Junk Bonds JumpIndeed, this year the biggest gains have been in the junk bond market, where Wall Street firms have underwritten 181 debt offerings for a total dollar value of $49.7 billion, according to Thomson Financial. By comparison, at this time last year, the Street had pumped out 138 junk bond deals with a total value of $32.4 billion. The convertible bond market also has been active, with 103 deals coming to market for a total dollar value of $41 billion, according to Morgan Stanley's Convertbond.com tracking service. A year ago, there were 77 deals that raised $39 billion. May was a particularly active month, with 48 convertible bond deals coming to market, as companies rush to get their financing in place before the summer doldrums set in. On Wall Street, May and June traditionally are two of the busiest months for investment bankers, as companies look to get new offerings and deals done before everyone heads for the beach. "When rates are this low, it's going to drive the junk bond market," said Sean Egan, president of Egan Jones Ratings, a credit rating service.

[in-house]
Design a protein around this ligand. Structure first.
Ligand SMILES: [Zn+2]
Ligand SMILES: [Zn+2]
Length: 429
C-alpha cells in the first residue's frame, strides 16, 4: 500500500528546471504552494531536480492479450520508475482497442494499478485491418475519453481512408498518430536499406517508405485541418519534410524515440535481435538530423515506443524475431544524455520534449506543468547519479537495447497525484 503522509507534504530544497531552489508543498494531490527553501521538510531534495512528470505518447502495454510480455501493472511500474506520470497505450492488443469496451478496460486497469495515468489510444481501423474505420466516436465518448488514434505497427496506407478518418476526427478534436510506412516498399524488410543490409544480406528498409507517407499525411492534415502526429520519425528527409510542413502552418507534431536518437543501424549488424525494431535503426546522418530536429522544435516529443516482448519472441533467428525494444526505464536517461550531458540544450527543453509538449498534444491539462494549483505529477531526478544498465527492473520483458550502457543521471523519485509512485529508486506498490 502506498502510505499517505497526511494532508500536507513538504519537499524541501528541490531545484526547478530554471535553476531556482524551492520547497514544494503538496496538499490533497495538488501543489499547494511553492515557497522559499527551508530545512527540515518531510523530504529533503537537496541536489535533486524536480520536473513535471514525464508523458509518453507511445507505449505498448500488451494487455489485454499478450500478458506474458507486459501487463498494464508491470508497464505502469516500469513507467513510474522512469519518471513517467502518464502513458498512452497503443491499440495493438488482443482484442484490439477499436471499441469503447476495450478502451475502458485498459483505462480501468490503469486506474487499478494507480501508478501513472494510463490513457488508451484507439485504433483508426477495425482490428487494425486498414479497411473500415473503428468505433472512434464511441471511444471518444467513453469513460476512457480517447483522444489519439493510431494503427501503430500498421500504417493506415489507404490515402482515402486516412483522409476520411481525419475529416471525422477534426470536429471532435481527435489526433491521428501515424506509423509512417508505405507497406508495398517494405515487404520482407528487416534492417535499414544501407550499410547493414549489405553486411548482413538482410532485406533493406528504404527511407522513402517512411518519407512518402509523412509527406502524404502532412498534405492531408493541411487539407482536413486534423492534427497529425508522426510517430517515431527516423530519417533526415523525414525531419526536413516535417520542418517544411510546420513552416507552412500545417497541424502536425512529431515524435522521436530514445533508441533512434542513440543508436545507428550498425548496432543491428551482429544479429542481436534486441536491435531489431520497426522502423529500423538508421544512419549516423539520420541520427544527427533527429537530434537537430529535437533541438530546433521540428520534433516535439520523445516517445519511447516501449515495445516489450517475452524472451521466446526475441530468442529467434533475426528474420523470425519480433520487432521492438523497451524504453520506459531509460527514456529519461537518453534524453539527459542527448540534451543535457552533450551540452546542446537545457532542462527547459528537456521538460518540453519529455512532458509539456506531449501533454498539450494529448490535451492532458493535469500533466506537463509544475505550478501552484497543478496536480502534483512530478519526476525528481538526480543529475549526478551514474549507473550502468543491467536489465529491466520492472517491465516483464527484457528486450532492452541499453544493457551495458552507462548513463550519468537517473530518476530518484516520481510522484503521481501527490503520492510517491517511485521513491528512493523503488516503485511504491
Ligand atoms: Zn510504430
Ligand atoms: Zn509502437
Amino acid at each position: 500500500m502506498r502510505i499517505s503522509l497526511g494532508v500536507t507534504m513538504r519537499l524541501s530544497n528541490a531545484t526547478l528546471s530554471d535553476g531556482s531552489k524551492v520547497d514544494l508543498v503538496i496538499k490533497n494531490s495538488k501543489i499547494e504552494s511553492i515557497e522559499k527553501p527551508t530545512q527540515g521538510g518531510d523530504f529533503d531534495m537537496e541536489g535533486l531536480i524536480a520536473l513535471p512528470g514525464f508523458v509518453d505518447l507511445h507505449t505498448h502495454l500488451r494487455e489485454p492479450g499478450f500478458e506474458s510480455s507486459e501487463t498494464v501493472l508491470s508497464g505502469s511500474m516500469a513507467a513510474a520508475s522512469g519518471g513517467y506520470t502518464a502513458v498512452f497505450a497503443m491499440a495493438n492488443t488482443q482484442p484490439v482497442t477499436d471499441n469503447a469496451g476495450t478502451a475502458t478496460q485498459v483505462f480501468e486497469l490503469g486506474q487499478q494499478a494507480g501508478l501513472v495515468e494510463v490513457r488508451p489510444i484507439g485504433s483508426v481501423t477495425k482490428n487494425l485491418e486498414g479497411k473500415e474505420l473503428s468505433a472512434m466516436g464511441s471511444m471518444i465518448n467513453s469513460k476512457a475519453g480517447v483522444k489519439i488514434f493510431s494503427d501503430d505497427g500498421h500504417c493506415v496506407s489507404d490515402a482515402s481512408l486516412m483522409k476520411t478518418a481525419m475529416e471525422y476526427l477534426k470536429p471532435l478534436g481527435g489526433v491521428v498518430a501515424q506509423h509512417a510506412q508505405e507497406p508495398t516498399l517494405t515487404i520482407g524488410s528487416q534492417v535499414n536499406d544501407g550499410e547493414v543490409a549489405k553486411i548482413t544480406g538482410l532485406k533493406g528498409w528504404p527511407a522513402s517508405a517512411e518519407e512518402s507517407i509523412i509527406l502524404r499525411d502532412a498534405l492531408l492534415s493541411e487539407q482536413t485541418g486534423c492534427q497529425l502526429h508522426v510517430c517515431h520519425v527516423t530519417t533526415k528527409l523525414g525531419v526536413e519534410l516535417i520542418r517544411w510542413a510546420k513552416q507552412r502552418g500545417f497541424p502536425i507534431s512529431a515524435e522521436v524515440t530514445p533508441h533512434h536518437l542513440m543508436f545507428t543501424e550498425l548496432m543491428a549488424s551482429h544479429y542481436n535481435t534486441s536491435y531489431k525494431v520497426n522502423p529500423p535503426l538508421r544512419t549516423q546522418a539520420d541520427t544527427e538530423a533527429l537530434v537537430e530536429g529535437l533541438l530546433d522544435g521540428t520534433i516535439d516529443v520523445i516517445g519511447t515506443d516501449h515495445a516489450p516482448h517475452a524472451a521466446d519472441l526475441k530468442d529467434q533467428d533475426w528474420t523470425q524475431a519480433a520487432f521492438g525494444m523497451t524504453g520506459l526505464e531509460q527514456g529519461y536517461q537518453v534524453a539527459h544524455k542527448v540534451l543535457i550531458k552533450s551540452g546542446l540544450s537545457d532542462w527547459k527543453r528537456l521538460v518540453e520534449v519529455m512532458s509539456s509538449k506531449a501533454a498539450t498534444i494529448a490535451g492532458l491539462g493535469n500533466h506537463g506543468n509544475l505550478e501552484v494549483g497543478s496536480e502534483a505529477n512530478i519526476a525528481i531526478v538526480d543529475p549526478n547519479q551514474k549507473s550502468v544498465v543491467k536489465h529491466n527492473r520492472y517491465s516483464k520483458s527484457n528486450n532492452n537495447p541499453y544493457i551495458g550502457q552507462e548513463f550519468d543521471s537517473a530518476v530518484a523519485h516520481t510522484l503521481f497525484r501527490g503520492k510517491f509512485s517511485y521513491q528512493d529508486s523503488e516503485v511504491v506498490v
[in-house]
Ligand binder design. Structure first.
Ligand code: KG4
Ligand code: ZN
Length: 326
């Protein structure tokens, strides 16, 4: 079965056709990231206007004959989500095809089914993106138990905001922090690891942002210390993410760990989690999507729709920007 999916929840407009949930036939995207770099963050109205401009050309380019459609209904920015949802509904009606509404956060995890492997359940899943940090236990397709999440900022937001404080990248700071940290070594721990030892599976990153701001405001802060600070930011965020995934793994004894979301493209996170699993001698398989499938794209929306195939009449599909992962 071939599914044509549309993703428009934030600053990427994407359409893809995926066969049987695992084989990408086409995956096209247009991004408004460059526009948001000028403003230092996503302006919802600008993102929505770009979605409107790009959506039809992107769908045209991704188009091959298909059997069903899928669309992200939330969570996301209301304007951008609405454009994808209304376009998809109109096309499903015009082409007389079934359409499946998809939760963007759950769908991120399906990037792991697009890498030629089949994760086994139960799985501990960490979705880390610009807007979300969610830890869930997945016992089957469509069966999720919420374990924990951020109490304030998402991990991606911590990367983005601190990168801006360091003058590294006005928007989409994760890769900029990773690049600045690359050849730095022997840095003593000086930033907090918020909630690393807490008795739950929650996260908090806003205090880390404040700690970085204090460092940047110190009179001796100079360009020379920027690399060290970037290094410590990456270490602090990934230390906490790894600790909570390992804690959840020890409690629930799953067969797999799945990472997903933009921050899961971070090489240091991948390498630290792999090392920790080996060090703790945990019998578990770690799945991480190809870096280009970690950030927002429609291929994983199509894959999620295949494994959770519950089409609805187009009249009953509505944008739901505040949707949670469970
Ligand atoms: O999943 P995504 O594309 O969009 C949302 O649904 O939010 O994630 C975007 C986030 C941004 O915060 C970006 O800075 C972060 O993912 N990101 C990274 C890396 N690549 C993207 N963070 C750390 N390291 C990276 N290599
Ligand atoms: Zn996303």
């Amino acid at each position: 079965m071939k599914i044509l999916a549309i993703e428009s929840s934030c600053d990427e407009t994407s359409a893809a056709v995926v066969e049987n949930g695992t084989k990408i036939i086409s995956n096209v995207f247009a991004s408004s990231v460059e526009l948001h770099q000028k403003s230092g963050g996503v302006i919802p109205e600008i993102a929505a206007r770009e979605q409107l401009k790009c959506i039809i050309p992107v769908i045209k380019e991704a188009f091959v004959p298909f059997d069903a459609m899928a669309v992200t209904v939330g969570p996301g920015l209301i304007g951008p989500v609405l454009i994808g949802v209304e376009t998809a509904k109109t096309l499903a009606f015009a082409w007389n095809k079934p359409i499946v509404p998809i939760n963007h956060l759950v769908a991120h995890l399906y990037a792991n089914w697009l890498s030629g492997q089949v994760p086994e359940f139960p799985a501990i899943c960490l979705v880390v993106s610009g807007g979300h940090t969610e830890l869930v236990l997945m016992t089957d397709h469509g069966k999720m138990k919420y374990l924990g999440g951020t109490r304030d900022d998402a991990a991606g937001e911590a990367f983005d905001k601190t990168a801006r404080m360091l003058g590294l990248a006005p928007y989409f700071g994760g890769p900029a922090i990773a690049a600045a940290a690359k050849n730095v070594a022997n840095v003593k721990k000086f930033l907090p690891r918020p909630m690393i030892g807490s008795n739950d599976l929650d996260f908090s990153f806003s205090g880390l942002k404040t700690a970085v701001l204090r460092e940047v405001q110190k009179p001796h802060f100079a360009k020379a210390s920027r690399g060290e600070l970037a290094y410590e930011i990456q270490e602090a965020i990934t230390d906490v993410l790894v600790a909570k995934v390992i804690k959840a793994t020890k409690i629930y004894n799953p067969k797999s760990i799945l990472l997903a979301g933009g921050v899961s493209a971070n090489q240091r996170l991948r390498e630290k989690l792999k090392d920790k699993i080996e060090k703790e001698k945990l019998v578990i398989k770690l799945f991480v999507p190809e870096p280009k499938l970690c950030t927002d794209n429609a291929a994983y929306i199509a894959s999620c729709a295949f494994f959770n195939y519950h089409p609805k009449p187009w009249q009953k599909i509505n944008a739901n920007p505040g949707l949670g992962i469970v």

Merrill Cashes InIn terms of banking fees, Merrill Lynch ( MER) stands in first place, taking in $392 million in fees from all bond-underwriting deals, according to Thomson. That's a big jump for Merrill, which last year stood in eighth place in fee revenue. Nipping on Merrill's heals is Citigroup ( C), which has taken in $321 million in banking fees from its bond work this year. The big loser? That's J.P. Morgan Chase ( JPM), which has seen its bond-underwriting fees tumble this year to $154 million from $329 million. But underwriting tells only one part of the bond story. That's because Wall Street firms also are cashing in on a surge in fixed-income trading revenue this year. Indeed, Bear Stearns ( BSC), Goldman Sachs ( GS) and Morgan Stanley ( MWD) all reported better-than-expected first-quarter earnings because of gains on trading bonds. (
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